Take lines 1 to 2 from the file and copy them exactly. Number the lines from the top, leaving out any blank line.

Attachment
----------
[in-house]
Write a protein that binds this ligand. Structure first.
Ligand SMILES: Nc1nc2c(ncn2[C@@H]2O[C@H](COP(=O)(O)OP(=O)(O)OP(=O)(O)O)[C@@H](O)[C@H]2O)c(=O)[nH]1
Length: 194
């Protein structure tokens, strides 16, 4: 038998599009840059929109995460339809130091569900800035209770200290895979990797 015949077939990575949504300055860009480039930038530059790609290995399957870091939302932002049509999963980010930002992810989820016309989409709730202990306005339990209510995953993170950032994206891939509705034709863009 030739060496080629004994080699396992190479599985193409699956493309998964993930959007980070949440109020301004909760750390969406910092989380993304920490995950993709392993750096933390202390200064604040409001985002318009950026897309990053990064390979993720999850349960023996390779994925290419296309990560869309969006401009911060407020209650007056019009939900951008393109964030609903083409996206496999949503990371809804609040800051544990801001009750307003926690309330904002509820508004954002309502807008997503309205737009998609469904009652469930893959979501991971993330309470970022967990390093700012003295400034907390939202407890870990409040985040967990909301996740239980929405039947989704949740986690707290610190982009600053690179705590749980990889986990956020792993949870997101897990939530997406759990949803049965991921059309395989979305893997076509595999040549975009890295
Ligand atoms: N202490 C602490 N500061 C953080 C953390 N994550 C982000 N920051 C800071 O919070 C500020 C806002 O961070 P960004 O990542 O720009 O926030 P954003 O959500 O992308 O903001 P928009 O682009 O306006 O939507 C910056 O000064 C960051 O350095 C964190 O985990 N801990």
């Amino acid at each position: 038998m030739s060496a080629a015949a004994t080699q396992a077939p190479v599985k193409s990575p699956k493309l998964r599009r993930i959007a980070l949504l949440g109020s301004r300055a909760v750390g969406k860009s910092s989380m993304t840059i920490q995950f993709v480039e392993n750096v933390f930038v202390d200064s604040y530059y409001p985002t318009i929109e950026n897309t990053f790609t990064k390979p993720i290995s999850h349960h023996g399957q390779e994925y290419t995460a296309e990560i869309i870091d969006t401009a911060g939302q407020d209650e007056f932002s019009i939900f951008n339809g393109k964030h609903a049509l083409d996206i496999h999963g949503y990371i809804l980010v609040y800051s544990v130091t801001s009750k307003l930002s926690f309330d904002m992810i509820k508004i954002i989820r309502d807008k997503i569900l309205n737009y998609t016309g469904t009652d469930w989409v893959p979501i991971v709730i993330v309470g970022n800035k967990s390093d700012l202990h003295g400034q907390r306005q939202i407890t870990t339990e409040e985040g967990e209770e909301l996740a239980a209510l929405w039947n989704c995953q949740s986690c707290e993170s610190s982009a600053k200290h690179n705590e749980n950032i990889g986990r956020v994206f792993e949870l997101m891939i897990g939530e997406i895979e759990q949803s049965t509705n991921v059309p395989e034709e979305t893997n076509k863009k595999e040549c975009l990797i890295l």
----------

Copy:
[in-house]
Write a protein that binds this ligand. Structure first.